# Recording Human Vision

Is it possible to translate the inputs from the optical nerve to something readable by a computer?

Yes it is. The brain operates using electric impulses. Those can be recorded. However, there's problems both with capturing them, as well as interpreting them.

On the "capture" side, splicing into someone's brain is not likely to end well. Not with our current level of technology, and understanding of the brain.

On the "interpreting" side ... we don't really know where to begin.

But, assuming that certain medical and technological breakthroughs are made, yes, it would be entirely possible. Consider that we are currently able to splice hearing aids straight into people's brains so that they can overcome birth defects.

Yea, humanity rocks.

• For the "interpreting" side, once you have a good reading on the "input" side of things, it shouldn't be too hard to develop a function to map input with perception. We know that the eye sees $A$ and we see $C$ on the optic nerve. Coceptually, it's not difficult to develop function $B$ that goes between $A$ and $C$. – Green Oct 28 '16 at 19:47

Conceptually yes, if you could track the firing of each nerve (1 million of them) in the optic nerve you could determine which cones and rods were active as each photoreceptor has a connected ganglion cell. You could then map out how they fire compared to a known visual image and get a good approximation of what stimuli produces the firing pattern.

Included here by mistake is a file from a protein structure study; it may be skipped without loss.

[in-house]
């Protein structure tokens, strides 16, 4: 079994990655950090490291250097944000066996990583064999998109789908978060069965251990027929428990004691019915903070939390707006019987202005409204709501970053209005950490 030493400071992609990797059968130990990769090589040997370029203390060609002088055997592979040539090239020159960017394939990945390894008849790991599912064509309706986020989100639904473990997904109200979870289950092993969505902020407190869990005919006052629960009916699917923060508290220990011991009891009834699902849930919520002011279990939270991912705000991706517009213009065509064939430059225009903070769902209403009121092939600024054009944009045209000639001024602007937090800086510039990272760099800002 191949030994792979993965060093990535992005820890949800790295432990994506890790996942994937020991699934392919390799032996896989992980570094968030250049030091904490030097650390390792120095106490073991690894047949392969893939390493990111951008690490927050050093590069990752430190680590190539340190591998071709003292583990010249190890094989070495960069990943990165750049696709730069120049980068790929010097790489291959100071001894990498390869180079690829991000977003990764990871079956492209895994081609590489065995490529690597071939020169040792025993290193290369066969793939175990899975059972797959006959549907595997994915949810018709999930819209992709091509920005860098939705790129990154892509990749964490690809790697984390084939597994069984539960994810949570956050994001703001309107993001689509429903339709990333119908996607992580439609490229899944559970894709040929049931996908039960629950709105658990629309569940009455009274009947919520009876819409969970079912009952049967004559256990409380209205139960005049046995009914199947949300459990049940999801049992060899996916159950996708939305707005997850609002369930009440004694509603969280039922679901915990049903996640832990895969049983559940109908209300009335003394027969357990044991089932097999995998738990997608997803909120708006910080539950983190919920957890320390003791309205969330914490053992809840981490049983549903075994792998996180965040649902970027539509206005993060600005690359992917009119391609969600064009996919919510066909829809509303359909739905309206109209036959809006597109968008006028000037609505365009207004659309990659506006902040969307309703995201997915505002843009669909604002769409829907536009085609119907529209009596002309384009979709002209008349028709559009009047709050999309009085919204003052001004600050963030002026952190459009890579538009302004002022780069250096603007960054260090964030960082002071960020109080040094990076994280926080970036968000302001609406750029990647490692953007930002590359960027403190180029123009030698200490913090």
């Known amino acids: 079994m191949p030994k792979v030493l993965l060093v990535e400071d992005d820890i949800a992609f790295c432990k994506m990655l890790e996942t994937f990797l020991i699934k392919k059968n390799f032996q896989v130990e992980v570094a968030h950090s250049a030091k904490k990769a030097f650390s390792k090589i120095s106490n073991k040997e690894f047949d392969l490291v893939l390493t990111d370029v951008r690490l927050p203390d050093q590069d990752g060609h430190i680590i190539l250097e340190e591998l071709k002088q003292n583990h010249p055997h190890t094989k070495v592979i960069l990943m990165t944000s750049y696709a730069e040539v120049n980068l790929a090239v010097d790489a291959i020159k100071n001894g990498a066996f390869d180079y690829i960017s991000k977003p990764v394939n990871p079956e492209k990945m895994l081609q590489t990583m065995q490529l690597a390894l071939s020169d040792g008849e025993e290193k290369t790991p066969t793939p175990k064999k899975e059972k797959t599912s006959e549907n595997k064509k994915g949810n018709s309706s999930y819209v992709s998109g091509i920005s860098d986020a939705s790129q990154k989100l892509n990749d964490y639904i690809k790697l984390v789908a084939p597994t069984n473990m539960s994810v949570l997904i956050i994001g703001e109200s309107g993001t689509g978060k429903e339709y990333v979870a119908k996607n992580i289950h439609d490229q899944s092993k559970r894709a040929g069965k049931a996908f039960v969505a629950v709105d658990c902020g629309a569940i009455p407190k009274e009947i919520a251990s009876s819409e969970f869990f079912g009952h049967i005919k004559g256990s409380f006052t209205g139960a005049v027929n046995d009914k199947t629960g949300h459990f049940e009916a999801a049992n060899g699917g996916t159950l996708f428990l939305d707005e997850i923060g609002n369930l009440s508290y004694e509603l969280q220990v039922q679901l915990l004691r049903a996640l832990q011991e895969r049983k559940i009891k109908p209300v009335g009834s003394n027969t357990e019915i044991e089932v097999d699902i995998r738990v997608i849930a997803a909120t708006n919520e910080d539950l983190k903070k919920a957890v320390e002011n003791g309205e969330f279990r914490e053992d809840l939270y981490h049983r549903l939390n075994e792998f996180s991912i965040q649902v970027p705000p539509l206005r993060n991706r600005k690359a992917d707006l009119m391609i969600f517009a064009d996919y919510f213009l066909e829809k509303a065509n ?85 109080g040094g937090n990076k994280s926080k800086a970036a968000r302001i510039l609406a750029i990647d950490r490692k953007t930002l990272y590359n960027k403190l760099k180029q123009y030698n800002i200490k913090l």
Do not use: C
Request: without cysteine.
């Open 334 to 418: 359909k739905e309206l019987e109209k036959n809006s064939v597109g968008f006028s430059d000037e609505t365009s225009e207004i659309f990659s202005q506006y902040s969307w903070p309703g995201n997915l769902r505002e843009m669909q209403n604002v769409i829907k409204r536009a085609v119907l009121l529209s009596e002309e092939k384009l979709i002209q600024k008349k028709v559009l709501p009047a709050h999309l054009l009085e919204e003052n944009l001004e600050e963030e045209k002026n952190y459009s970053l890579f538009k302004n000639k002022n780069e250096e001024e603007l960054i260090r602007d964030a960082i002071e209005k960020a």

The problem is that the brain does an ENORMOUS amount of "post-processing" of our visual input, so just knowing what the optic nerve is telling the brain may not give you a very usable "TV-like" image. You would need a pretty powerful computer to process the inputs into something usable, and that system would probably have to "learn" each specific person based on a series of known visual stimuli. Plus the input of each eye is blended together at the optic chiasma, further messing up what one optic nerve sees versus what the brain sees.

There is also some eye centered "pre-processing" by horizontal and amacrine cells that can regulate the action of the bipolar cells that send impulses to the optic nerve. Just recording the optic nerve may miss out on this information, making interpretation of the data more difficult. Thus the known pattern you are showing the retina gets "preprocessed". There are 150 million photoreceptors and that signal gets reduced to 1 million nerves, so there is substantial filtering going on just in the eye. Here is a nice lightly technical summary.

I suspect we will eventually have some sort of ring shaped device we could place around the optic nerve that could read and track the nerve impulses. If it was REALLY thin you could slip it right behind the eye before the optic nerve goes into the skull. Otherwise you'd probably have to penetrate the skull and do it right after the optic nerve exits the optic canal but before the nerves blend together at the optic chiasma. Probably MUCH easier to have a contact that sits on the eye and records stuff, but who knows, with a high enough resolution MRI device maybe we could do it via a helmet?

With current technology, no. We simply don't understand the fine details of how the mind works.

Ignoring that limit, the eyes and brain are basically bio-computers (in theory). So once you know the 'base language' of both systems, you can translate between the two. (weather that translation is useful is another thing. Human vision is pretty poor by computer standards after all)